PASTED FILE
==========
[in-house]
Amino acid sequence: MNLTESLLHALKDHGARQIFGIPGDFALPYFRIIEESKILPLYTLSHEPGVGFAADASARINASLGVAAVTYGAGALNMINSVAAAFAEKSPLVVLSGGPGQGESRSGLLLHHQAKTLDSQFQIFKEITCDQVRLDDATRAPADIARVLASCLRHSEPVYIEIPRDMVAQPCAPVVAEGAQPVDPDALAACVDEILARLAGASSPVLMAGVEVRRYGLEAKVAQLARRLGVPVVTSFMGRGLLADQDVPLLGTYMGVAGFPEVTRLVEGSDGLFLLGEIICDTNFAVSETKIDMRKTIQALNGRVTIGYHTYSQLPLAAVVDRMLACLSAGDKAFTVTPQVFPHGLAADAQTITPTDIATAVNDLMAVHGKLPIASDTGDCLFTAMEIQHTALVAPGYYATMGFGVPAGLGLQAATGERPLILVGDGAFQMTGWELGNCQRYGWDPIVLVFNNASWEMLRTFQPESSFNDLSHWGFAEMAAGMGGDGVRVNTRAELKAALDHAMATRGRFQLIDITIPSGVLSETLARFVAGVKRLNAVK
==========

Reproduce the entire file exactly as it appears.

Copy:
[in-house]
Amino acid sequence: MNLTESLLHALKDHGARQIFGIPGDFALPYFRIIEESKILPLYTLSHEPGVGFAADASARINASLGVAAVTYGAGALNMINSVAAAFAEKSPLVVLSGGPGQGESRSGLLLHHQAKTLDSQFQIFKEITCDQVRLDDATRAPADIARVLASCLRHSEPVYIEIPRDMVAQPCAPVVAEGAQPVDPDALAACVDEILARLAGASSPVLMAGVEVRRYGLEAKVAQLARRLGVPVVTSFMGRGLLADQDVPLLGTYMGVAGFPEVTRLVEGSDGLFLLGEIICDTNFAVSETKIDMRKTIQALNGRVTIGYHTYSQLPLAAVVDRMLACLSAGDKAFTVTPQVFPHGLAADAQTITPTDIATAVNDLMAVHGKLPIASDTGDCLFTAMEIQHTALVAPGYYATMGFGVPAGLGLQAATGERPLILVGDGAFQMTGWELGNCQRYGWDPIVLVFNNASWEMLRTFQPESSFNDLSHWGFAEMAAGMGGDGVRVNTRAELKAALDHAMATRGRFQLIDITIPSGVLSETLARFVAGVKRLNAVK